In the last blog I did a quick update on the different levels of 3G your smartphone or rugged PDA or even tabvlet can have so today I thought i’d help extend that knowledge into underdstanding exactly what the “phone and data” section of the spec sheet actually means!
So as Judge Jules always used to say, “We continue!”
If we look at a typical phone and data section of a rugged pda we’ll something like this:
Type of 3G
This explains the level of data connectivity the device has and this is what I explained in the last blog. So you’ll often see 4G at the top, followed by all the 3G prototcols, in this case HSPA+, HSDPA, UMTS and then the 2G protocols such as Edge and GORS and lastly the modem base protocol, GSM. The rule of thumb here is that all data connection are backward compatible so if the device has 4G, it’ll work at any speed downwards. You’ll see in trhis case the device in question can operate on HSPA+ and below, which is 3.9G and below.
Phone networks compatibility
There are in fact 2 completely different phone networks in the world and where there are multiple network operators working on the same network type, they have to work on specific frequencies. Here in Europe we have the luxury of only ever connecting to one and this is known as the GSM network. Where you have multiple operators, for example EE, O2, Vodafone and 3, these all operate on their own different frequencies.
To be honest, I can’t even think of any phone that won;t work on any frequency any more so if you buy a Rugged PDA in the UK that works on the GSM network it can be connected to any operator. Many manufacturers omit this off the spec sheet now to reflect this but if you do see things like 900MHz or 2100MHz then this is what they mean!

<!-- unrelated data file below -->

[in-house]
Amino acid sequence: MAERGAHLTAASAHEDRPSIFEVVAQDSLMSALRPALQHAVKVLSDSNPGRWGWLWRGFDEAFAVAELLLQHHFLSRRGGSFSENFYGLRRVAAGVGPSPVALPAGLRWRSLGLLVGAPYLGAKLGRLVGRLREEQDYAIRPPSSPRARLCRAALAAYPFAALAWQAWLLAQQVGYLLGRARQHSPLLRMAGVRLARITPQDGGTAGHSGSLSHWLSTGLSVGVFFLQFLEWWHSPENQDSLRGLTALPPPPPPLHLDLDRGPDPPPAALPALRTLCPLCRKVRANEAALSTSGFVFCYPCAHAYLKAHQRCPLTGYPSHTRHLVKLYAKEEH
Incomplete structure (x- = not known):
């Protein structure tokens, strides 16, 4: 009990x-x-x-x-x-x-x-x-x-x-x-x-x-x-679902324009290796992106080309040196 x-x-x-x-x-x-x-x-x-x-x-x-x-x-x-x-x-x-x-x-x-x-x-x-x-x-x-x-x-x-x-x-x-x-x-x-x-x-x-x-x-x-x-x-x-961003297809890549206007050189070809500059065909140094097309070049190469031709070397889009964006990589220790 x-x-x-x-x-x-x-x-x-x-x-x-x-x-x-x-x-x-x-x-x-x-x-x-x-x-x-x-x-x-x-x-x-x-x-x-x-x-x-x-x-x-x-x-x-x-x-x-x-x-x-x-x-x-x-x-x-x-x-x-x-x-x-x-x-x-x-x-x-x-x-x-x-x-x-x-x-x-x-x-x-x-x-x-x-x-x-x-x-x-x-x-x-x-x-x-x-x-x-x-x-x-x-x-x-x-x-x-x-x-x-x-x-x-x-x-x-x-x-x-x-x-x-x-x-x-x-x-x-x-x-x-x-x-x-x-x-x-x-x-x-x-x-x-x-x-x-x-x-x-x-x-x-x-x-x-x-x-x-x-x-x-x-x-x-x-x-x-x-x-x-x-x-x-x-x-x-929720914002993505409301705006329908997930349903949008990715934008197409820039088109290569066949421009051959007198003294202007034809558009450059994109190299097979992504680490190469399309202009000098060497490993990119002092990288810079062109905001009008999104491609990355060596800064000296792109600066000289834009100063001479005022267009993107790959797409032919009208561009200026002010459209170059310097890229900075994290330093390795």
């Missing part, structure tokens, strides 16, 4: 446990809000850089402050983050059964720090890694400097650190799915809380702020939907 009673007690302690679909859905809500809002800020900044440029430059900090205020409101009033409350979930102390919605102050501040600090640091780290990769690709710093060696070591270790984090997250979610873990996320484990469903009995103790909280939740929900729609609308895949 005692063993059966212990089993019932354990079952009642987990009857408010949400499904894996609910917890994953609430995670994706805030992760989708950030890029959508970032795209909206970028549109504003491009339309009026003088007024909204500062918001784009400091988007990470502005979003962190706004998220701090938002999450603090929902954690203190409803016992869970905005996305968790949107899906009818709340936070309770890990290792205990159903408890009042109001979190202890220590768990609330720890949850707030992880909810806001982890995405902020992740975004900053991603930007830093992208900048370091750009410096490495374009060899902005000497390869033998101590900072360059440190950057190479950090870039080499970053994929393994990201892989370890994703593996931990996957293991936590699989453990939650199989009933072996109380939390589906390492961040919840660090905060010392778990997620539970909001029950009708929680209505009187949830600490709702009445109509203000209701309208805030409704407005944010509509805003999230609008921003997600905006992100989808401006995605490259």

In other continents the CDMA network type is used and in some, like Africa and the USA both are present. This is what the second section on the spec sheet is talking about so you’ll see lots of Now it’s often not cut and dry but generally if you see terms like GSM then the phone can be used on GSM networks and like-wise terms like CDMA/EVDO then it works on CDMA based networks.
To give you a real world example in the USA. AT&T is a GSM based network and if you were from the UK years ago then your phone would probably have connected to this network. Verizon is a CDMA based network and this probably explains all the bother about the iPhone only originally working on AT&T. The reason was it only had a GSM chip in it.
Now-a-days, especially if the device has a 4G capable chip, this has all become a little bit pointless, however with Rugged devices having longer technology refresh cycles, there are still some that you have to be careful of and choose the right chip for. Always ask if in doubt!